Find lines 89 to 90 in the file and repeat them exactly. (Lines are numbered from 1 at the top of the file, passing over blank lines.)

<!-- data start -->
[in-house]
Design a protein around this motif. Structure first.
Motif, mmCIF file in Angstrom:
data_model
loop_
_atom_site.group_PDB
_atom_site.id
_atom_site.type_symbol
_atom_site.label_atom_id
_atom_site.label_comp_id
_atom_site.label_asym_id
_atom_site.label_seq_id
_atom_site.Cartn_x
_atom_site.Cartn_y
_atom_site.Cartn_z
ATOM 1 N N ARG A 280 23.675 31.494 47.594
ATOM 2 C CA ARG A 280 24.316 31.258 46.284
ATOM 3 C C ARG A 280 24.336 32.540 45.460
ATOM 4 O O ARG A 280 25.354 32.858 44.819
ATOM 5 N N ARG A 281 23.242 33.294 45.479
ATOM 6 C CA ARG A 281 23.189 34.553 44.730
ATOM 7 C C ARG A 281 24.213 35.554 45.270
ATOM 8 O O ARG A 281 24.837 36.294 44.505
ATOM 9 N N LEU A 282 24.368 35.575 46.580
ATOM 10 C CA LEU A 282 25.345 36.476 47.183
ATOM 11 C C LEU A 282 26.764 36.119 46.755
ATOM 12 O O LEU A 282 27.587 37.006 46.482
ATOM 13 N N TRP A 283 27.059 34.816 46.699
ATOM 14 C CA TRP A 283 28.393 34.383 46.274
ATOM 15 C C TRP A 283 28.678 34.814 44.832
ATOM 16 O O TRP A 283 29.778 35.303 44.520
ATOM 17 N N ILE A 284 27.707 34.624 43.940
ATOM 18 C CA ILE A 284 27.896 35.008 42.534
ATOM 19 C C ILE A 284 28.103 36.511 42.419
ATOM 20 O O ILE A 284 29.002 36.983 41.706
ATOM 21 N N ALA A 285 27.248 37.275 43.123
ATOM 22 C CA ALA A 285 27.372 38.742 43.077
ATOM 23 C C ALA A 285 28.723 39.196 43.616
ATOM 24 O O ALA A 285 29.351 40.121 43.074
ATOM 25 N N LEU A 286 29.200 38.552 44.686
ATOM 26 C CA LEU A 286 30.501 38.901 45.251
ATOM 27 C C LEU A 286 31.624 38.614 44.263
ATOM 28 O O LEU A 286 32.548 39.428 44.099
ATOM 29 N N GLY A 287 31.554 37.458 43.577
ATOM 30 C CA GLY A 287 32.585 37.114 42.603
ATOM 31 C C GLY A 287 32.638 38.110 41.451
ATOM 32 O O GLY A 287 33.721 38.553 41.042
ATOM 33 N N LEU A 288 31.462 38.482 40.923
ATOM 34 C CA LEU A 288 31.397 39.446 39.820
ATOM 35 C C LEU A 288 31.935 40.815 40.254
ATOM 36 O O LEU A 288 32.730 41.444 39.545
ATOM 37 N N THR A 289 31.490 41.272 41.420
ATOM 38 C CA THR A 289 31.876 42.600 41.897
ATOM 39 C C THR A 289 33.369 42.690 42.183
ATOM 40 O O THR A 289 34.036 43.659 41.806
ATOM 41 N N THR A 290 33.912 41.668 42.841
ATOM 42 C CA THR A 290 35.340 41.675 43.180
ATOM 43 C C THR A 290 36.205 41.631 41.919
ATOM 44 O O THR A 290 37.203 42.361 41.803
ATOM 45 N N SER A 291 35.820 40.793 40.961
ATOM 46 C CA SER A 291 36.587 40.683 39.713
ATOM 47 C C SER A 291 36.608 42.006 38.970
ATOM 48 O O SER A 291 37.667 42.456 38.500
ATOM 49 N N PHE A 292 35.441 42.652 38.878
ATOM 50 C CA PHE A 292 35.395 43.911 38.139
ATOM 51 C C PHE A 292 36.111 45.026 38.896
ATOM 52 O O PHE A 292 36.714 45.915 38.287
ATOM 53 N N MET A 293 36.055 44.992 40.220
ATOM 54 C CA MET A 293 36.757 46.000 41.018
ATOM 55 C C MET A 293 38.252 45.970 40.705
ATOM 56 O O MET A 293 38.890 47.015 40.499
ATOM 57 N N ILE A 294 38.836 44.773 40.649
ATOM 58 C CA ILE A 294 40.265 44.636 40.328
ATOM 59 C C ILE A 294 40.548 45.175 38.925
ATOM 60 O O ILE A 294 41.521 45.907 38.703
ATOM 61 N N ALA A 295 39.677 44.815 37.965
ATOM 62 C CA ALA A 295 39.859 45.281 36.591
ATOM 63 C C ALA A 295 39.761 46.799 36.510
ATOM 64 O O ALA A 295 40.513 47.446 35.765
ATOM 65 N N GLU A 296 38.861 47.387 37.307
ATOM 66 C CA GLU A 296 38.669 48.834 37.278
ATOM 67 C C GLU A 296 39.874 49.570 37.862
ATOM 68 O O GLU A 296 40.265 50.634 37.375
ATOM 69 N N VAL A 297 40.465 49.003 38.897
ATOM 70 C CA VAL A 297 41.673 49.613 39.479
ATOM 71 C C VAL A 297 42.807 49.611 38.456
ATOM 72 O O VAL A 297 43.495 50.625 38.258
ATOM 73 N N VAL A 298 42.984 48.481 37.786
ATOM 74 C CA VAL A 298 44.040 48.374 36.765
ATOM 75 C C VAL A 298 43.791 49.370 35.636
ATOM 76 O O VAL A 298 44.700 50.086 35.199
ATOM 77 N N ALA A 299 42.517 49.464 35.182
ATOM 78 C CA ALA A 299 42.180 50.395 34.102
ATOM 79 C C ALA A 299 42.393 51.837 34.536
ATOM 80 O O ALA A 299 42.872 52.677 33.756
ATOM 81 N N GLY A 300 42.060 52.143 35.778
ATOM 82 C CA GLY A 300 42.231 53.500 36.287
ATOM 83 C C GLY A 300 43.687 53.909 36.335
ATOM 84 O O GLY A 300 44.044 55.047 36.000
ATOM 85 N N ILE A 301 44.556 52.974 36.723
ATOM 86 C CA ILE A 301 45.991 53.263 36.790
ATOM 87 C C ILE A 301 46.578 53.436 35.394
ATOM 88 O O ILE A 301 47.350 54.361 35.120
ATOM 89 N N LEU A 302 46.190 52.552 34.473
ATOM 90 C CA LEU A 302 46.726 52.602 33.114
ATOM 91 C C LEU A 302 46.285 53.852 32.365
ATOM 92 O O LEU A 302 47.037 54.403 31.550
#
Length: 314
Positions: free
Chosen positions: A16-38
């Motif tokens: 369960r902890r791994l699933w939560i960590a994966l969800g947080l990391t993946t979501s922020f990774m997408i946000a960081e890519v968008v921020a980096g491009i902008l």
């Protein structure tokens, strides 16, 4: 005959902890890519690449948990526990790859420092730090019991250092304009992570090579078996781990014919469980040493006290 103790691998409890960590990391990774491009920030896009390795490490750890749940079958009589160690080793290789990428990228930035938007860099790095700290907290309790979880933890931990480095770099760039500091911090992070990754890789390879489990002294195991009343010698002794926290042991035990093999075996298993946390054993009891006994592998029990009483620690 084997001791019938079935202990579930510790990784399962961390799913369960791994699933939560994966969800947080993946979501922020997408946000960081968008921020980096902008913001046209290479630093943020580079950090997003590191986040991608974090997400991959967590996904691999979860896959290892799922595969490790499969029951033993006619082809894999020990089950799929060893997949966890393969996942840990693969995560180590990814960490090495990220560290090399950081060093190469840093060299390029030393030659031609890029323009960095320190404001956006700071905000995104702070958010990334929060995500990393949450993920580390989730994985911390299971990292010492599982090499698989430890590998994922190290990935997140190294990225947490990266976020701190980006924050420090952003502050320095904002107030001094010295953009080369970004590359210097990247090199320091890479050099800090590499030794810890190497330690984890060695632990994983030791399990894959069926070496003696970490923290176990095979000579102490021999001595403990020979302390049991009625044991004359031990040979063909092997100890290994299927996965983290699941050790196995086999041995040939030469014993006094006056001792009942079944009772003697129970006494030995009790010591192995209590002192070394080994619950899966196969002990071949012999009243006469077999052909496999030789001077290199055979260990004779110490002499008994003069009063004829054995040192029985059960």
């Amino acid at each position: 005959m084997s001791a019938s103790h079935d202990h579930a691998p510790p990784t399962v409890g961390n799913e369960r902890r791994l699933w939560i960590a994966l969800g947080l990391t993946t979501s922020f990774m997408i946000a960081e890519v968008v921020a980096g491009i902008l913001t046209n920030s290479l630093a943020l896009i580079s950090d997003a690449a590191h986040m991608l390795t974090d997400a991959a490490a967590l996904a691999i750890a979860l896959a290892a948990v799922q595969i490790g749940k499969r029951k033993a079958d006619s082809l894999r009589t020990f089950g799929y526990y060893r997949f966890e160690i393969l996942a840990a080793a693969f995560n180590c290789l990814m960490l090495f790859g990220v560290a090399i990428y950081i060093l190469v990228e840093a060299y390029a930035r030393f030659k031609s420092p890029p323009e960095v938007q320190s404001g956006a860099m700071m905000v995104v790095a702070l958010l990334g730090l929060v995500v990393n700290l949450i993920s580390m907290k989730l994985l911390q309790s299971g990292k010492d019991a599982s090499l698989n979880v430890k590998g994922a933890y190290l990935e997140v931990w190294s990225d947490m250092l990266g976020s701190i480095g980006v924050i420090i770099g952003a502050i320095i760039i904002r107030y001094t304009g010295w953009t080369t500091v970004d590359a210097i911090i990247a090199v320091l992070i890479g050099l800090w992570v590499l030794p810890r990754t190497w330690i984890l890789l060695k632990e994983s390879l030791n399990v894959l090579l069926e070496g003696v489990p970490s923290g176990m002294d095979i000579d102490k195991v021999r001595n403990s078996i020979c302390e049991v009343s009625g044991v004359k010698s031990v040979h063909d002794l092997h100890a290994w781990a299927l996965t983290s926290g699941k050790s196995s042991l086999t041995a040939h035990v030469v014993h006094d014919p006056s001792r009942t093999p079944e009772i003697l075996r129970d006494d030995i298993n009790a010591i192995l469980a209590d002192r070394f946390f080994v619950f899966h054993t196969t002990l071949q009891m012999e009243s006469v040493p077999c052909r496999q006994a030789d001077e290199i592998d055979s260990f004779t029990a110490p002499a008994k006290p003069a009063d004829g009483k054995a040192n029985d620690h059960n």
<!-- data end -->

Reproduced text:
ATOM 74 C CA VAL A 298 44.040 48.374 36.765
ATOM 75 C C VAL A 298 43.791 49.370 35.636